WASHINGTON -- Computerized touch-screen voting machines purchased by dozens of Pennsylvania counties and other local governments this year contain worrisome security limitations, according to a draft report from a federal agency.
The report, compiled in November by the National Institute of Standards and Technology, or NIST, warns that the machines are "software-dependent," meaning there is no satisfactory way to ensure that election results haven't been affected by errors or fraud.
It's the first time a major federal agency has raised such strong concerns, although computer experts and voting rights activists have been highlighting them for several years. Many computer scientists support the use of fill-in-the-bubble optical scan ballots, which received prominent mention in the NIST report as an alternative that could rely on hand recounts if necessary.
"It's an absolute step in the right direction," Marybeth Kuznik, executive director of VotePA and a poll worker in Westmoreland County, said of the report. "There has to be a verification system that is not dependent on software."
NIST's draft recommendations, which must be approved by the federal Election Assistance Commission, will be discussed Monday and Tuesday in public meetings at the agency's headquarters in a Maryland suburb of Washington, D.C.
The commission's standards on voting equipment are voluntary, but most states, including Pennsylvania, follow them closely. At the earliest, new standards wouldn't be in place until 2009, after the next presidential election.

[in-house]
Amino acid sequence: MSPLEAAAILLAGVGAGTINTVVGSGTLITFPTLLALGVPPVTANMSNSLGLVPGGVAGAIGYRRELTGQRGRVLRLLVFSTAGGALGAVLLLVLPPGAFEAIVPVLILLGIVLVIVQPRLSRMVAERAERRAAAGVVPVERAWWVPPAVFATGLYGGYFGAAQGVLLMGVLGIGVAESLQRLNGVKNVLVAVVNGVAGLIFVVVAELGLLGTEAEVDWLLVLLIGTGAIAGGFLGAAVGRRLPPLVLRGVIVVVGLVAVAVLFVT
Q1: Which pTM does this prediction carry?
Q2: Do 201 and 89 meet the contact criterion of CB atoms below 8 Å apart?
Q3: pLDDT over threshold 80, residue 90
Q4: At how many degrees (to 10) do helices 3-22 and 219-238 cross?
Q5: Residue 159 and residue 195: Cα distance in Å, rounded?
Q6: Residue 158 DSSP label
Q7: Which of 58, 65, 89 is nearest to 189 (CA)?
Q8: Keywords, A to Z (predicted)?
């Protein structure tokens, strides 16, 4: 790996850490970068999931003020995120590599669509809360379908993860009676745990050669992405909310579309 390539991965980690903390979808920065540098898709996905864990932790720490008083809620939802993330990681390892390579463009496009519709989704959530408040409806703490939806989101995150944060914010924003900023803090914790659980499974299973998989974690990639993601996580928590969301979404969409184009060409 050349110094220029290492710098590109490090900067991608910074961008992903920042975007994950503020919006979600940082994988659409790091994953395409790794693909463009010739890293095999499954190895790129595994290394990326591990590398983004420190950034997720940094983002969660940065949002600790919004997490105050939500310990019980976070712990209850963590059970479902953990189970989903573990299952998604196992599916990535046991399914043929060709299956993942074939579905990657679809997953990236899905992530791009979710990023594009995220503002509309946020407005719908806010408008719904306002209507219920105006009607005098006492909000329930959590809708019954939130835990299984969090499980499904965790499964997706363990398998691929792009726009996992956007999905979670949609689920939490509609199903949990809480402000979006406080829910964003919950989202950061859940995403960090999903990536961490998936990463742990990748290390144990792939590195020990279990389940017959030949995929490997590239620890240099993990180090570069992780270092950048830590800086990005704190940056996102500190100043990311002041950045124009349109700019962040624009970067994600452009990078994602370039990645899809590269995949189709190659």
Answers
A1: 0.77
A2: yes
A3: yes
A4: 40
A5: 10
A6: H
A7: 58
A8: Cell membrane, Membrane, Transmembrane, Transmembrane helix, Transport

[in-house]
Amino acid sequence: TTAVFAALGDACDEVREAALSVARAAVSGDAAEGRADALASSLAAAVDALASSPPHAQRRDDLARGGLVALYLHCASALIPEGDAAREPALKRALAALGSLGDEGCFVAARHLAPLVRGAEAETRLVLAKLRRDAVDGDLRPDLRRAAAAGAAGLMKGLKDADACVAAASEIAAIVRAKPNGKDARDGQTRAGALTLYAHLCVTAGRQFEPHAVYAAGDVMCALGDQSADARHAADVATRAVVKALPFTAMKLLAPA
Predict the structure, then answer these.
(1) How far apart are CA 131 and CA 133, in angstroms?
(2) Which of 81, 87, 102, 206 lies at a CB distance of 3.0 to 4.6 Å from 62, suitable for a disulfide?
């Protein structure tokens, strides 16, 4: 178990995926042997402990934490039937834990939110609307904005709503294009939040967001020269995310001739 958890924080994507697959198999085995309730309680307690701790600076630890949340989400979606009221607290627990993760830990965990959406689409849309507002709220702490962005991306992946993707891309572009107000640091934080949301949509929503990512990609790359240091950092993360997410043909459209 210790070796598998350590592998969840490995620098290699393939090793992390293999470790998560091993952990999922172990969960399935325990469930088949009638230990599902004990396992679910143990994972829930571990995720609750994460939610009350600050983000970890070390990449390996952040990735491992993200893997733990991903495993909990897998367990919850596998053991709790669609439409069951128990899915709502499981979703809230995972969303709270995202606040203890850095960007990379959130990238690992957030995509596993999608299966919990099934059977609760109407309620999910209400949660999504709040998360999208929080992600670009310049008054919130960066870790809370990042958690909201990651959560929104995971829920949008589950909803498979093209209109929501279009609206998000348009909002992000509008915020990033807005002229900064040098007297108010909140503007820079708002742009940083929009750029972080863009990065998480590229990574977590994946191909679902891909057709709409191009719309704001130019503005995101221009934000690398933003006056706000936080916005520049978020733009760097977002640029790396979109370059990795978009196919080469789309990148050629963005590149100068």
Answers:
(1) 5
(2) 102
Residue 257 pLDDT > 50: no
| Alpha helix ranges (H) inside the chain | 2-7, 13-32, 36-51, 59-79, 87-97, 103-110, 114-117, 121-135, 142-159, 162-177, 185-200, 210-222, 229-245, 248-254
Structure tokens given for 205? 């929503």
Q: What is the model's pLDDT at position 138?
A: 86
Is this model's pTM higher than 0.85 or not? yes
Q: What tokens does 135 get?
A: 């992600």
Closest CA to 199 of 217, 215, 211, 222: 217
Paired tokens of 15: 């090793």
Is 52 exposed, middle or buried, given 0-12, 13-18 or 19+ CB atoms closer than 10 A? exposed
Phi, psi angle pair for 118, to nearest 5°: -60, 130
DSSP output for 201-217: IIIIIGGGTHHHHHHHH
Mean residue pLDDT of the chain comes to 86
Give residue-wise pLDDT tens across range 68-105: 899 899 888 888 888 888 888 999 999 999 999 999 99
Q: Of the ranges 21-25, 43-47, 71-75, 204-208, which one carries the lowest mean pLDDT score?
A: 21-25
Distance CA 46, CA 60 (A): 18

Local governments across the country have spent billions of dollars on new machines in recent years to meet the requirements of the Help America Vote Act, a law that grew out of Florida's disputed 2000 presidential election and led to the creation of the commission.
Many Pennsylvania counties -- including Allegheny, Beaver, Butler, Cambria, Greene and Westmoreland -- purchased the Election Systems & Software iVotronic, a touch-screen machine that falls short of the standard put forward in the NIST report.
"We have built into our systems unique and proprietary safeguards to ensure security," said Ken Fields, a spokesman for ES&S, a Nebraska company. "Those features have been proven through extensive testing and use in thousands of elections. While we are still reviewing the draft report, we take very strong exception to any suggestion that ES&S voting equipment is not secure."
Kevin Evanto, a spokesman for Allegheny County Chief Executive Dan Onorato, said county officials and voters have been satisfied with the iVotronic.
"This is a draft report from an advisory agency," he said of the NIST report. "We've gone through a multiyear process. Our machines were tested and certified. We've used them now in two elections."
But voting-rights activists point out that the Nov. 7 general election produced many serious machine mishaps, including 18,000 "undervotes" in a close congressional race in Florida's Sarasota County, which also uses the iVotronic.
The NIST report acknowledges such concerns.
"The lack of an independent audit capability in [touch-screen] voting systems is one of the main reasons behind continued questions about voting system security and diminished public confidence in elections," the report says.
Allegheny County officials have negotiated a deal with ES&S to add paper printers to the machines that would let voters independently check their choices, but those printers aren't legal in Pennsylvania because they could compromise voter privacy.
Optical scan machines, however, are legal, and 13 of the state's 67 counties already use them, according to Cathy Ennis, a spokeswoman for the Department of State.
Warren Stewart, policy director of VoteTrustUSA, calls the NIST report a "ringing endorsement" of optical scan ballots.
"We need to have a system that anyone can understand," he said. "Everyone can understand making a mark on a piece of paper."
But the report doesn't explicitly recommend the use of optical scan ballots, or voter-verifiable paper trails.
Mr. Stewart, whose group has been a vocal critic of computerized voting, argues that those systems would just add another layer of complexity and wouldn't satisfy voters.
Jerome L. Sherman can be reached at firstname.lastname@example.org or 202-488-3479.